Servo Motor Controller or Servo Motor Driveron 24/2/2012 & Updated on Monday 21st of May 2018 at 04:57:57 PM
- A micro-controller
- A power supply unit
- A potentiometer
- Connectors, wires etc.
Micro-controllerA servo motor is driven by applying the voltage signal to it regular intervals. The servo is sensitive to timing variations. A pulse of specific width has to be applied at specific intervals of time. Typically, the duration of pulse varies from 0ms to 2.2ms and the repetition rate is 50Hz to 60Hz. For precise position control, the controller that is chosen must have timers that have the required resolution. Also, if more than one motor has to be controlled simultaneously, the processor clock must be fast enough. For a single motor control, an 8051 can be used like a AT89s51 or a P89v51RD2. But for more than one motor, we must use a PIC, like a PIC18F or a ATMEGA, so that it’s internal PWM can be utilized. However, the selection of micro-controller depends totally on the designer and the project requirements.
Power SupplyThe design of the power supply unit servo motor controller depends on the number of servo motors that are interfaced to the board. Servo motors operate from 4.8V to a 6V supply voltage. The typical value is 5V. Applying voltages greater than the supply voltage is not advisable as it may render the motor permanently useless. The current draw of the motor is variable and depends on the torque that it generates. Also it will draw less current when in idle mode and more current when it is running. A servo motors maximum current draw is given as its stall current. This is the maximum current it will draw when running with the maximum torque before it stops due to overload. This current value can be as high as 1 A for some motors.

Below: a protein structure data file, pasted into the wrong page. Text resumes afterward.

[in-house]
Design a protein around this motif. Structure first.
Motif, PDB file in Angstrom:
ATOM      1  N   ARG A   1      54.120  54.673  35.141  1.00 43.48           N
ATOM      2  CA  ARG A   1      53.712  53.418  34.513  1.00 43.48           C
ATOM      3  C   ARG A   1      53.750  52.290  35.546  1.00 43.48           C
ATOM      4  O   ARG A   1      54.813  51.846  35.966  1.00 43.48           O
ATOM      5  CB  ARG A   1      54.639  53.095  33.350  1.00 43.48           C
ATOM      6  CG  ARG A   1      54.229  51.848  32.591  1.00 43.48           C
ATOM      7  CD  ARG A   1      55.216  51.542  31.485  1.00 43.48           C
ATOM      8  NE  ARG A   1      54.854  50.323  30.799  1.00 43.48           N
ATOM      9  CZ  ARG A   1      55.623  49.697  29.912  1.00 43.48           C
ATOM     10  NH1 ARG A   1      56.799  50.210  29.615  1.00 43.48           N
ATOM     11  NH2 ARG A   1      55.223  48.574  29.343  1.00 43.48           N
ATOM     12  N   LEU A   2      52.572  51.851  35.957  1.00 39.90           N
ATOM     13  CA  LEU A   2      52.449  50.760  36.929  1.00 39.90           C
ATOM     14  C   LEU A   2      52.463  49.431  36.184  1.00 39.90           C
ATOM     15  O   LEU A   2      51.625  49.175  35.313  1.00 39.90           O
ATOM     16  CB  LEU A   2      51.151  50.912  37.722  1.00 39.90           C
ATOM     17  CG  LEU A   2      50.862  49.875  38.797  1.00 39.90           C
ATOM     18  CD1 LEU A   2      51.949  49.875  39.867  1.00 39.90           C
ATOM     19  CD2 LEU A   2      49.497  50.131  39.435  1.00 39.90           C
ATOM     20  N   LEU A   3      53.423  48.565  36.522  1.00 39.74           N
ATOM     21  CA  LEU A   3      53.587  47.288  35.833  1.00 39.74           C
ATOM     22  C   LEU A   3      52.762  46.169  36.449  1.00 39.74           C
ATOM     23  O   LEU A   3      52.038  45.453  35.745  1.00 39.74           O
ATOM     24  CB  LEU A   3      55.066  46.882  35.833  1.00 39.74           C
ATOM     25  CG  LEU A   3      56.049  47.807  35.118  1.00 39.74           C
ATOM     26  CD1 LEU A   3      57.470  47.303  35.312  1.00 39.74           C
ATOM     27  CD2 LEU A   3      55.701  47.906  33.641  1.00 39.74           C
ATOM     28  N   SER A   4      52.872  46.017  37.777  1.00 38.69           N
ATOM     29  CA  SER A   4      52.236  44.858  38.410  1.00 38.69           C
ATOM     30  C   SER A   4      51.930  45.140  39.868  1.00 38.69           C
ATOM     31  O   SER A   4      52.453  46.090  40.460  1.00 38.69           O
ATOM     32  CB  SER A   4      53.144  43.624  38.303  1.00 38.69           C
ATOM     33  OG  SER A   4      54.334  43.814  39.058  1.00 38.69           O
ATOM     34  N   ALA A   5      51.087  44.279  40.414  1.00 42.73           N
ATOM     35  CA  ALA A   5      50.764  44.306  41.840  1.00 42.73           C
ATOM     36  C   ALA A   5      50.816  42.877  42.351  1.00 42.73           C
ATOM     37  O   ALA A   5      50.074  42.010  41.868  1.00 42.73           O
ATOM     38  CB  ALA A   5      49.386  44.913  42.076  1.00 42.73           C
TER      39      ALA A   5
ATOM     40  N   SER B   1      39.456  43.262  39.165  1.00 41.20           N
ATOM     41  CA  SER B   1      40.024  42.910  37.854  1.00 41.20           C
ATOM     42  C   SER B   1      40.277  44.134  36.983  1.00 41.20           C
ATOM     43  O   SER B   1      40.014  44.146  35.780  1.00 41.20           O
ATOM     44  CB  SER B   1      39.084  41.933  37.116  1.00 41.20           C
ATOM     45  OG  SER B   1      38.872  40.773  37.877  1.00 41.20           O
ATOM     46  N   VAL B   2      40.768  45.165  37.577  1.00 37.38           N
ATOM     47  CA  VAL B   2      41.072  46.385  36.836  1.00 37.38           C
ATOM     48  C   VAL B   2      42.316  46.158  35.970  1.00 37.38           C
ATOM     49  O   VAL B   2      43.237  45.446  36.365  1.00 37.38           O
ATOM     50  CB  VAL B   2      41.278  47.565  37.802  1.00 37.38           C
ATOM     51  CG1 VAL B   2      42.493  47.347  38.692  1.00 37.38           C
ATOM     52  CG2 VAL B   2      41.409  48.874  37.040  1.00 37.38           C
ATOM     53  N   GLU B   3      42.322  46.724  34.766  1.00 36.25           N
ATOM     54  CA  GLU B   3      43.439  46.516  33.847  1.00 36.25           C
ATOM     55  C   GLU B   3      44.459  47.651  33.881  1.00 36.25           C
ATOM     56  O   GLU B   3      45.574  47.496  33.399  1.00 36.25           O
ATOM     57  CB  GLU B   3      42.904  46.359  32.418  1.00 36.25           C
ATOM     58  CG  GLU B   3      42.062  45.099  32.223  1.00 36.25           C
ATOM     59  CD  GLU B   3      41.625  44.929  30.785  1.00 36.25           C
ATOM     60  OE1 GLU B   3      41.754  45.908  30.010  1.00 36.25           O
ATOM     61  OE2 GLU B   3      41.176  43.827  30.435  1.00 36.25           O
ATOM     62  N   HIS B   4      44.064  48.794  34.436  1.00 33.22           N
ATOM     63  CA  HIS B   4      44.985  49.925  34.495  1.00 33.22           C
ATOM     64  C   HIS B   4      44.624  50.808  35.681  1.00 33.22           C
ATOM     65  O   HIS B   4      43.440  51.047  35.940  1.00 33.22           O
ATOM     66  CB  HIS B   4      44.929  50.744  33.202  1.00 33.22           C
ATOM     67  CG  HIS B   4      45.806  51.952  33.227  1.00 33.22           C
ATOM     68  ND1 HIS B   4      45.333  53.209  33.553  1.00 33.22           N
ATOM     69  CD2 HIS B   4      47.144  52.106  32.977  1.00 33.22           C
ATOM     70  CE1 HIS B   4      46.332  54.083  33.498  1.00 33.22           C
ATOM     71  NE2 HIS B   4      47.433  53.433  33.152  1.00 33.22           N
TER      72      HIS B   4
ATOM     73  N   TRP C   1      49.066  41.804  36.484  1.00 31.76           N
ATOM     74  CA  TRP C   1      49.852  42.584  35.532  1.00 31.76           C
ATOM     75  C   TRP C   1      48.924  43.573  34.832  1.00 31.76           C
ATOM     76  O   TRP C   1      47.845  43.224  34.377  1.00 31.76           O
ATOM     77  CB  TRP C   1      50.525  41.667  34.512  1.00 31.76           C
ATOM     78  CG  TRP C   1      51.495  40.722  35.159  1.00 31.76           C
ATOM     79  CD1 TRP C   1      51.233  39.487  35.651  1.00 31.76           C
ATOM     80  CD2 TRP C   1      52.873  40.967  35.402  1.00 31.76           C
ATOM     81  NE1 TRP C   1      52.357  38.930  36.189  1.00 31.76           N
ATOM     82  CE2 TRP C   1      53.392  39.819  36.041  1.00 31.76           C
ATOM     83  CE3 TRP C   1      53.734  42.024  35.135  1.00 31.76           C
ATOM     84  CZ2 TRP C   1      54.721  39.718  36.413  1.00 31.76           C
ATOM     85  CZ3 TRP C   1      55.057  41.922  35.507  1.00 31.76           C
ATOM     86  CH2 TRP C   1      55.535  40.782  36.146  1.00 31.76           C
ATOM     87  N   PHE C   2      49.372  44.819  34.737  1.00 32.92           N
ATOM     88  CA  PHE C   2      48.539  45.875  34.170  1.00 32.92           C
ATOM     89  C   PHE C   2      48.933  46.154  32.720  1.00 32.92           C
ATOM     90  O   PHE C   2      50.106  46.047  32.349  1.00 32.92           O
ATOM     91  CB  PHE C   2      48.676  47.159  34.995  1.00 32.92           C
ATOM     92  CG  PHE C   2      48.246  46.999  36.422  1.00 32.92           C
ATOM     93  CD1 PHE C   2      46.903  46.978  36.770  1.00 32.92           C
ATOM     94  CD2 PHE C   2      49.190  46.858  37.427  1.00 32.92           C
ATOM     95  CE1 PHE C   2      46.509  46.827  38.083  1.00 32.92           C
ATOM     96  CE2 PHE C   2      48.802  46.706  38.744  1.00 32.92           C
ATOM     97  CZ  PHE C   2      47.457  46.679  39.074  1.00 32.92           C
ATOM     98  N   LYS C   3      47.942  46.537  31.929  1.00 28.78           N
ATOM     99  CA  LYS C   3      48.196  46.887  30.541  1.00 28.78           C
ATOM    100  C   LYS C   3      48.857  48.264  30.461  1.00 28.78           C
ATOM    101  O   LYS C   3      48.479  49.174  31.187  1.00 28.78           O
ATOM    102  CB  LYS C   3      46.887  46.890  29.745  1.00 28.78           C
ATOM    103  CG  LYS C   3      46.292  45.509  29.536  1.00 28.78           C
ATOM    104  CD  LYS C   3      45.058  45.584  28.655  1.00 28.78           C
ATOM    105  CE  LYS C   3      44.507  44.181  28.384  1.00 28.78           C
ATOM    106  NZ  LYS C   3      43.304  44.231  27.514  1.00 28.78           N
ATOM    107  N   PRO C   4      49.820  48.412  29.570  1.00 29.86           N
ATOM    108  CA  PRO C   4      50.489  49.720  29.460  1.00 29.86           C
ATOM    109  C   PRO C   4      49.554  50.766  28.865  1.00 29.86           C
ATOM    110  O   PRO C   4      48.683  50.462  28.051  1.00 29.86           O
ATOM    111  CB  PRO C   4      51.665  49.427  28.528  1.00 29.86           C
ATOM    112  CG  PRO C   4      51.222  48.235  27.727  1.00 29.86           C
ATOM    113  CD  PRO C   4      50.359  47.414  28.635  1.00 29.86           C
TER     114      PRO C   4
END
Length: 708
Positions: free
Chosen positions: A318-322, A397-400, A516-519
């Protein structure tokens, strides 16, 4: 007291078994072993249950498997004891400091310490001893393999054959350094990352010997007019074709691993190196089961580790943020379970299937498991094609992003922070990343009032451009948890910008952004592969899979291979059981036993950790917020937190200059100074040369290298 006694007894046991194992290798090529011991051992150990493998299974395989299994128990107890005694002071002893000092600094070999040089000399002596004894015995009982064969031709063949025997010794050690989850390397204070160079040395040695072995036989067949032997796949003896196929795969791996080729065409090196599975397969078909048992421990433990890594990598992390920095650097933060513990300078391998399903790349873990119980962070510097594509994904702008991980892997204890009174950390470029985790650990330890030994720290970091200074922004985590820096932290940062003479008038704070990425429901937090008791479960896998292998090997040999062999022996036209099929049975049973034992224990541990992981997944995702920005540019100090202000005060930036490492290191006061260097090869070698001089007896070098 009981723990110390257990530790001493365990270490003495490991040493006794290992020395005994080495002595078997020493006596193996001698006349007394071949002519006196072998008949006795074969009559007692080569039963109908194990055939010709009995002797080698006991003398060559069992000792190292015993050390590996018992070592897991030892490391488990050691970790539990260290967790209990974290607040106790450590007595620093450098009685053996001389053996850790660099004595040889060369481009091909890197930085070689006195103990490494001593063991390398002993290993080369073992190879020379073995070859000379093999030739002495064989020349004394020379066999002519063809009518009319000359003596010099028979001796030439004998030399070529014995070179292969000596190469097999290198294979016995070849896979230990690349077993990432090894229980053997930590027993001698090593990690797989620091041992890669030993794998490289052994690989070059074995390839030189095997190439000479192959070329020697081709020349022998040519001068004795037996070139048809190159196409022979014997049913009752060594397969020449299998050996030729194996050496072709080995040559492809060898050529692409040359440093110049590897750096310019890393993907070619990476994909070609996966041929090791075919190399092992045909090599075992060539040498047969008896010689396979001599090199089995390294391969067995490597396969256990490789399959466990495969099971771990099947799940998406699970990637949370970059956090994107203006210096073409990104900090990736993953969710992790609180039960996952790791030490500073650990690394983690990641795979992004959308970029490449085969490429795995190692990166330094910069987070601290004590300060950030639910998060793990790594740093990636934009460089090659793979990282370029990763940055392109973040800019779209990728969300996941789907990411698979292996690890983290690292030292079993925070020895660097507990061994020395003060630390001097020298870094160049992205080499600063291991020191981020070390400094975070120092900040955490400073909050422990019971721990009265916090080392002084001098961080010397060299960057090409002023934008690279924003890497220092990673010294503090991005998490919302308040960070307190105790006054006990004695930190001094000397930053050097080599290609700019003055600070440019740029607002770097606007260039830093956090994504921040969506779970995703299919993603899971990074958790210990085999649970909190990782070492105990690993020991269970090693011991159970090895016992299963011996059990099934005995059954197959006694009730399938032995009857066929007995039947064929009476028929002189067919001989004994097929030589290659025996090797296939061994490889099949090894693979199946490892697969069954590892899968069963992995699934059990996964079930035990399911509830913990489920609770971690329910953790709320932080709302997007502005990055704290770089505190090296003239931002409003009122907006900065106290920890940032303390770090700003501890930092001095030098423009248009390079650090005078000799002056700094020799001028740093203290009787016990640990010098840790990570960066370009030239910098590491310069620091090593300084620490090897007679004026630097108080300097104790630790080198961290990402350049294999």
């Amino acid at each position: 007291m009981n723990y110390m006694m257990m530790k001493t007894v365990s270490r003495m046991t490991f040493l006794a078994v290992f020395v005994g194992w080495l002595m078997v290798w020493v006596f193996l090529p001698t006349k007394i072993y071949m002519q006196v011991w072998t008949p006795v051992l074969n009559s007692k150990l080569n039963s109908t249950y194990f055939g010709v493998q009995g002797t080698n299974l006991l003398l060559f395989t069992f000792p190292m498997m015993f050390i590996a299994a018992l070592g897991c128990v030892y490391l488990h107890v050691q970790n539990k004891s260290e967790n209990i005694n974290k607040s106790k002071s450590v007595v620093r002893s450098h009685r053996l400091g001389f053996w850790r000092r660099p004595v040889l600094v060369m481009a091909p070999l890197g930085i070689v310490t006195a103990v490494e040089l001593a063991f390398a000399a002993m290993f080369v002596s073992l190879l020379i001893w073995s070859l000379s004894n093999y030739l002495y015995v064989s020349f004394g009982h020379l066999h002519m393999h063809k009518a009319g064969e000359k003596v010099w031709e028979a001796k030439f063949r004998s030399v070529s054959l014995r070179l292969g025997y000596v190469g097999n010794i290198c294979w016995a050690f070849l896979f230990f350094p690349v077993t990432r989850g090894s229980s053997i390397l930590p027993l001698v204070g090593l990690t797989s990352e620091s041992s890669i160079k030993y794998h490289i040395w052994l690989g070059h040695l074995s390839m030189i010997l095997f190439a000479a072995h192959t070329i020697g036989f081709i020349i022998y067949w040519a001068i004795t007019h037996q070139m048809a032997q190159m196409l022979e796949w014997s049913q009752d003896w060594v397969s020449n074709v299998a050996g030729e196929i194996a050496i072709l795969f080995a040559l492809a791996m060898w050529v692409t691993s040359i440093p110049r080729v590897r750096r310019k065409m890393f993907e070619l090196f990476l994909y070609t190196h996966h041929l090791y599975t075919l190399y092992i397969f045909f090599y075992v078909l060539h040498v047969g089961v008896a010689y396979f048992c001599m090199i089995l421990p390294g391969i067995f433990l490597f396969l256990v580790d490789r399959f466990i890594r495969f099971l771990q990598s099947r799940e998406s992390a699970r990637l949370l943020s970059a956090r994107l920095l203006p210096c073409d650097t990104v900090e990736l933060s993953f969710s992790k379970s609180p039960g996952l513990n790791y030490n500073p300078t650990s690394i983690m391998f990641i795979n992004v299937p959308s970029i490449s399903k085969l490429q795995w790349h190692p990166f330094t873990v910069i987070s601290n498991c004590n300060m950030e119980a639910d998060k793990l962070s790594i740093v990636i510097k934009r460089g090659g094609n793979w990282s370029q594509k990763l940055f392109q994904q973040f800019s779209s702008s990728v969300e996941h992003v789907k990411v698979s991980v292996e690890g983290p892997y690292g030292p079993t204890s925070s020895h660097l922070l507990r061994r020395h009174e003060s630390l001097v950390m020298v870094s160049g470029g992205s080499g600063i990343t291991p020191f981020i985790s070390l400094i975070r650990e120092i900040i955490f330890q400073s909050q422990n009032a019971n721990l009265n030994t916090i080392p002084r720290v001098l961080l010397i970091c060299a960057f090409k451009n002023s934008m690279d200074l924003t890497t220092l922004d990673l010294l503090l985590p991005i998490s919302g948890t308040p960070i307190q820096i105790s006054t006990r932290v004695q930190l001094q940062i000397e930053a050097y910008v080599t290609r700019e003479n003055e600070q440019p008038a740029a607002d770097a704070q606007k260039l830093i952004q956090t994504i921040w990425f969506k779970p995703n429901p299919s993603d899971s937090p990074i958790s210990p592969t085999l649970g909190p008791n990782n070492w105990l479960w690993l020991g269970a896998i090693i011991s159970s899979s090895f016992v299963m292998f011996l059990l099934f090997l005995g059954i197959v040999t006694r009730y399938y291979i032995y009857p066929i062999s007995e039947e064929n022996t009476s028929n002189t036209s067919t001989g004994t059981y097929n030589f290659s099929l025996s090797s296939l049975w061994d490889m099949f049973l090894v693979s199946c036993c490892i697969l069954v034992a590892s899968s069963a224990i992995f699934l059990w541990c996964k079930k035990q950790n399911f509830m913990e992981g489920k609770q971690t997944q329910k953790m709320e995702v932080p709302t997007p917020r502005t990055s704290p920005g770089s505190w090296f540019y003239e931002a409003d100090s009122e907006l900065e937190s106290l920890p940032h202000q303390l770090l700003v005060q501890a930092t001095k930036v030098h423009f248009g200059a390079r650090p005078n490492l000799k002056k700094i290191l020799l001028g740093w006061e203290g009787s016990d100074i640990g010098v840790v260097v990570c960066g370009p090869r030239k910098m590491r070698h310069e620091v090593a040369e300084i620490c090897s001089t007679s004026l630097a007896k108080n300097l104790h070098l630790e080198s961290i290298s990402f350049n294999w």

For a single motor control a voltage regulator like a LM317 can be used along with a suitable heat sink. But when multiple motors need to be interfaced, a high quality supply with higher current rating must be used. A SMPS (Switched mode power supply) can be a good option. Block Diagram below showing interconnections in a Servo Motor Driver
Controlling Servo MotorThe servo motor has three terminals.
- Position signal(PWM Pulses)
- Vcc (From Power Supply)
In order to generate the PWM (Pulse Width Modulation) waveform, as shown in figure below, one can use either the internal PWM module of the micro-controller or the timers can be used. Using the PWM block is more flexible as most micro-controller families design the blocks to suit the needs of application like Servo motor. For different widths of PWM pulses, we need to program the internal registers accordingly. Now, we also need to tell the microcontroller how much it has to rotate. For this purpose, we can use a simple potentiometer and use an ADC to get the rotation angle or for more complex applications an accelerometer can be used.
Program AlgorithmLet us design the Program to control a single servo and the position input is given via the potentiometer connected to a pin of controller.
- nitialize the port pins for input/output.
- Read the ADC for desired servo position.
- Program the PWM registers for the desired value. As soon as you trigger the PWM module, the selected PWM channel pin goes high (logic 1) and after the required width is reached, it will again go low (logic 0). So after triggering the PWM, you must start a timer with a delay of about 19 ms and wait until the timer overflows
- Go to step 2
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